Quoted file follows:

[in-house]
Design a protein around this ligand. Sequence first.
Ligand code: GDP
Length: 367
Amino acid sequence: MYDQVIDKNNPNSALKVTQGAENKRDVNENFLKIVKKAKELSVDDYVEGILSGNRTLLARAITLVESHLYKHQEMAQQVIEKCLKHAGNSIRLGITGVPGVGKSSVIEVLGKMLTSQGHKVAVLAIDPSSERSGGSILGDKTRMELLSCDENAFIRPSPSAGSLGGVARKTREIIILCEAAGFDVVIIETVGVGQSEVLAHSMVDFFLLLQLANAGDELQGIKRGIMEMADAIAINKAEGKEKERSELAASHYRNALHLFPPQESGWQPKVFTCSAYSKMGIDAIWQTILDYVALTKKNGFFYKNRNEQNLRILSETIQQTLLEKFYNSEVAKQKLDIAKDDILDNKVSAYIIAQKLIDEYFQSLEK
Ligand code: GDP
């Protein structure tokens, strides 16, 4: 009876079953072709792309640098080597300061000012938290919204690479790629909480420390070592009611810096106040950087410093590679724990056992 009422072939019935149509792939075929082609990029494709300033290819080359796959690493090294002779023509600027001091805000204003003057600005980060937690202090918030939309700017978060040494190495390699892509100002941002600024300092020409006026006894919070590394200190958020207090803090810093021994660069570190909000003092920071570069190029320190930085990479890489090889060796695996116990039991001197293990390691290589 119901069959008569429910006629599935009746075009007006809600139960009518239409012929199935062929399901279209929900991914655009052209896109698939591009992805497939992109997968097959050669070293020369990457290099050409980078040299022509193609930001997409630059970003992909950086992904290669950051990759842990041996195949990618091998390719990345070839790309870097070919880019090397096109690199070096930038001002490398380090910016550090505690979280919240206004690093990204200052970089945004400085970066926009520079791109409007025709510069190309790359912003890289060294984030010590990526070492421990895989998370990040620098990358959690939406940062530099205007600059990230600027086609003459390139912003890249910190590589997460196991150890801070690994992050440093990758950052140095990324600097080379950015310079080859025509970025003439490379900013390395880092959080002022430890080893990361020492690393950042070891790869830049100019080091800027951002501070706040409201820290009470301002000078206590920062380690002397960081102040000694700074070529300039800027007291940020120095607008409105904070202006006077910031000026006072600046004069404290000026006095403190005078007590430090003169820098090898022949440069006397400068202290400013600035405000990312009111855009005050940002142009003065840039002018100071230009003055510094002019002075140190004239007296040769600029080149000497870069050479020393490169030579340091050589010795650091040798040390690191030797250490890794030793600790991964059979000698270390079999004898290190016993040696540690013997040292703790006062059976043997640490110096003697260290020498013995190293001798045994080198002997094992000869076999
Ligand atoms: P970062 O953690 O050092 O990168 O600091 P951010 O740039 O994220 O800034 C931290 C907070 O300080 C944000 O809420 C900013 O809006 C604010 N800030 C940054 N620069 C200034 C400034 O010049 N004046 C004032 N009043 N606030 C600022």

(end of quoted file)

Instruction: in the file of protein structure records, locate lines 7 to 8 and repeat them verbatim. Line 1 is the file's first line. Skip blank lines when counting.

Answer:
């Protein structure tokens, strides 16, 4: 009876079953072709792309640098080597300061000012938290919204690479790629909480420390070592009611810096106040950087410093590679724990056992 009422072939019935149509792939075929082609990029494709300033290819080359796959690493090294002779023509600027001091805000204003003057600005980060937690202090918030939309700017978060040494190495390699892509100002941002600024300092020409006026006894919070590394200190958020207090803090810093021994660069570190909000003092920071570069190029320190930085990479890489090889060796695996116990039991001197293990390691290589 119901069959008569429910006629599935009746075009007006809600139960009518239409012929199935062929399901279209929900991914655009052209896109698939591009992805497939992109997968097959050669070293020369990457290099050409980078040299022509193609930001997409630059970003992909950086992904290669950051990759842990041996195949990618091998390719990345070839790309870097070919880019090397096109690199070096930038001002490398380090910016550090505690979280919240206004690093990204200052970089945004400085970066926009520079791109409007025709510069190309790359912003890289060294984030010590990526070492421990895989998370990040620098990358959690939406940062530099205007600059990230600027086609003459390139912003890249910190590589997460196991150890801070690994992050440093990758950052140095990324600097080379950015310079080859025509970025003439490379900013390395880092959080002022430890080893990361020492690393950042070891790869830049100019080091800027951002501070706040409201820290009470301002000078206590920062380690002397960081102040000694700074070529300039800027007291940020120095607008409105904070202006006077910031000026006072600046004069404290000026006095403190005078007590430090003169820098090898022949440069006397400068202290400013600035405000990312009111855009005050940002142009003065840039002018100071230009003055510094002019002075140190004239007296040769600029080149000497870069050479020393490169030579340091050589010795650091040798040390690191030797250490890794030793600790991964059979000698270390079999004898290190016993040696540690013997040292703790006062059976043997640490110096003697260290020498013995190293001798045994080198002997094992000869076999
Ligand atoms: P970062 O953690 O050092 O990168 O600091 P951010 O740039 O994220 O800034 C931290 C907070 O300080 C944000 O809420 C900013 O809006 C604010 N800030 C940054 N620069 C200034 C400034 O010049 N004046 C004032 N009043 N606030 C600022």